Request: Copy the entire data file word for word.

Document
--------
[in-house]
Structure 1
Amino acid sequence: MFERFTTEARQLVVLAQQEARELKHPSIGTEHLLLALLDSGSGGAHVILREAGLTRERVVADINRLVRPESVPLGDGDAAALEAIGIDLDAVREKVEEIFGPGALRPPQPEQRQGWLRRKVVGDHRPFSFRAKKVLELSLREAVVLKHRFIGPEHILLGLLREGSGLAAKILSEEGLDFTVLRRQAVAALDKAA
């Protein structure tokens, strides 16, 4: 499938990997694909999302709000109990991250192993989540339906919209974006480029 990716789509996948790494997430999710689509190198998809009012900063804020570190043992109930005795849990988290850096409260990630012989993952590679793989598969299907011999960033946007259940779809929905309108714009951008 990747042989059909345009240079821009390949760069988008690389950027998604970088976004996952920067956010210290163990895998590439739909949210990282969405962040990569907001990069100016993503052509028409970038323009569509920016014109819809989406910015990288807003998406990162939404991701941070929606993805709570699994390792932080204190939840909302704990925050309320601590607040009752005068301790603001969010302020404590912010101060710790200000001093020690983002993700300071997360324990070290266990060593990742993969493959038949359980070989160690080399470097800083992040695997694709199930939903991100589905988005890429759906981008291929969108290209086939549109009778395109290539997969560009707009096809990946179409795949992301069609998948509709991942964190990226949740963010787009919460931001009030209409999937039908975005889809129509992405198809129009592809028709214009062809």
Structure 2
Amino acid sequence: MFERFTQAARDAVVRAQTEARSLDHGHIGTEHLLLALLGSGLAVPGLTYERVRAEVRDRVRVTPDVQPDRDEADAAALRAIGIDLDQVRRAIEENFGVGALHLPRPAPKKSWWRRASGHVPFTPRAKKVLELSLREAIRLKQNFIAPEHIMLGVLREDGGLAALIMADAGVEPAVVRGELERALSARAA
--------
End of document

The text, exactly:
[in-house]
Structure 1
Amino acid sequence: MFERFTTEARQLVVLAQQEARELKHPSIGTEHLLLALLDSGSGGAHVILREAGLTRERVVADINRLVRPESVPLGDGDAAALEAIGIDLDAVREKVEEIFGPGALRPPQPEQRQGWLRRKVVGDHRPFSFRAKKVLELSLREAVVLKHRFIGPEHILLGLLREGSGLAAKILSEEGLDFTVLRRQAVAALDKAA
């Protein structure tokens, strides 16, 4: 499938990997694909999302709000109990991250192993989540339906919209974006480029 990716789509996948790494997430999710689509190198998809009012900063804020570190043992109930005795849990988290850096409260990630012989993952590679793989598969299907011999960033946007259940779809929905309108714009951008 990747042989059909345009240079821009390949760069988008690389950027998604970088976004996952920067956010210290163990895998590439739909949210990282969405962040990569907001990069100016993503052509028409970038323009569509920016014109819809989406910015990288807003998406990162939404991701941070929606993805709570699994390792932080204190939840909302704990925050309320601590607040009752005068301790603001969010302020404590912010101060710790200000001093020690983002993700300071997360324990070290266990060593990742993969493959038949359980070989160690080399470097800083992040695997694709199930939903991100589905988005890429759906981008291929969108290209086939549109009778395109290539997969560009707009096809990946179409795949992301069609998948509709991942964190990226949740963010787009919460931001009030209409999937039908975005889809129509992405198809129009592809028709214009062809």
Structure 2
Amino acid sequence: MFERFTQAARDAVVRAQTEARSLDHGHIGTEHLLLALLGSGLAVPGLTYERVRAEVRDRVRVTPDVQPDRDEADAAALRAIGIDLDQVRRAIEENFGVGALHLPRPAPKKSWWRRASGHVPFTPRAKKVLELSLREAIRLKQNFIAPEHIMLGVLREDGGLAALIMADAGVEPAVVRGELERALSARAA